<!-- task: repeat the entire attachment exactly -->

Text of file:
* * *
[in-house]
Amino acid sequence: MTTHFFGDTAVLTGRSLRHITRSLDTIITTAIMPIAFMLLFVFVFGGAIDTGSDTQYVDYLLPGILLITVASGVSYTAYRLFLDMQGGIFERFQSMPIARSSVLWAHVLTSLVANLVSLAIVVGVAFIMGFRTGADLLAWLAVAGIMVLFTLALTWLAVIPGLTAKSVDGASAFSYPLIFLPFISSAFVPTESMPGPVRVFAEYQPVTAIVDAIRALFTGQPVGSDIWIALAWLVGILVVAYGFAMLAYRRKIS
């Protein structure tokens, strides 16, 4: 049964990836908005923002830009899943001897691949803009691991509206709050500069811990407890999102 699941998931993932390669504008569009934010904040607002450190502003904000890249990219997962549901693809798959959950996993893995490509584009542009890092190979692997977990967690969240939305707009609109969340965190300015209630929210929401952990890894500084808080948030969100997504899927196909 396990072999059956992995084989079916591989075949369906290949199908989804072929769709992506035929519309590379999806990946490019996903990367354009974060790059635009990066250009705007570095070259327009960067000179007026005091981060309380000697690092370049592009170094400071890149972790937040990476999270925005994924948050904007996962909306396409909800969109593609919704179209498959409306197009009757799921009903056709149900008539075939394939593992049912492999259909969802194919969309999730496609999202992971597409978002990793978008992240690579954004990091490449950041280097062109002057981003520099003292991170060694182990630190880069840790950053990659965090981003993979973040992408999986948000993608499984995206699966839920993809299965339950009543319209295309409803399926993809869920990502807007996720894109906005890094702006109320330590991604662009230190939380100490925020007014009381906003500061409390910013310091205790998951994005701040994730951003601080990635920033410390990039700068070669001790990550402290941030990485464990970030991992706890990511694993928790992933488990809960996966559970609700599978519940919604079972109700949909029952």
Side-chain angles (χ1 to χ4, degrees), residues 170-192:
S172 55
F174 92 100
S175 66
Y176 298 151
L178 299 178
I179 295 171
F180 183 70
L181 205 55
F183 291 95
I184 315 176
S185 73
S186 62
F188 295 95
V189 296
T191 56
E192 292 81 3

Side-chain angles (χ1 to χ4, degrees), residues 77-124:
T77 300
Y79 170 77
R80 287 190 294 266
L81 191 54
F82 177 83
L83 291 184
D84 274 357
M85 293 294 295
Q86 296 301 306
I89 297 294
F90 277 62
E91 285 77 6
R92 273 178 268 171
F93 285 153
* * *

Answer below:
[in-house]
Amino acid sequence: MTTHFFGDTAVLTGRSLRHITRSLDTIITTAIMPIAFMLLFVFVFGGAIDTGSDTQYVDYLLPGILLITVASGVSYTAYRLFLDMQGGIFERFQSMPIARSSVLWAHVLTSLVANLVSLAIVVGVAFIMGFRTGADLLAWLAVAGIMVLFTLALTWLAVIPGLTAKSVDGASAFSYPLIFLPFISSAFVPTESMPGPVRVFAEYQPVTAIVDAIRALFTGQPVGSDIWIALAWLVGILVVAYGFAMLAYRRKIS
């Protein structure tokens, strides 16, 4: 049964990836908005923002830009899943001897691949803009691991509206709050500069811990407890999102 699941998931993932390669504008569009934010904040607002450190502003904000890249990219997962549901693809798959959950996993893995490509584009542009890092190979692997977990967690969240939305707009609109969340965190300015209630929210929401952990890894500084808080948030969100997504899927196909 396990072999059956992995084989079916591989075949369906290949199908989804072929769709992506035929519309590379999806990946490019996903990367354009974060790059635009990066250009705007570095070259327009960067000179007026005091981060309380000697690092370049592009170094400071890149972790937040990476999270925005994924948050904007996962909306396409909800969109593609919704179209498959409306197009009757799921009903056709149900008539075939394939593992049912492999259909969802194919969309999730496609999202992971597409978002990793978008992240690579954004990091490449950041280097062109002057981003520099003292991170060694182990630190880069840790950053990659965090981003993979973040992408999986948000993608499984995206699966839920993809299965339950009543319209295309409803399926993809869920990502807007996720894109906005890094702006109320330590991604662009230190939380100490925020007014009381906003500061409390910013310091205790998951994005701040994730951003601080990635920033410390990039700068070669001790990550402290941030990485464990970030991992706890990511694993928790992933488990809960996966559970609700599978519940919604079972109700949909029952």
Side-chain angles (χ1 to χ4, degrees), residues 170-192:
S172 55
F174 92 100
S175 66
Y176 298 151
L178 299 178
I179 295 171
F180 183 70
L181 205 55
F183 291 95
I184 315 176
S185 73
S186 62
F188 295 95
V189 296
T191 56
E192 292 81 3

Side-chain angles (χ1 to χ4, degrees), residues 77-124:
T77 300
Y79 170 77
R80 287 190 294 266
L81 191 54
F82 177 83
L83 291 184
D84 274 357
M85 293 294 295
Q86 296 301 306
I89 297 294
F90 277 62
E91 285 77 6
R92 273 178 268 171
F93 285 153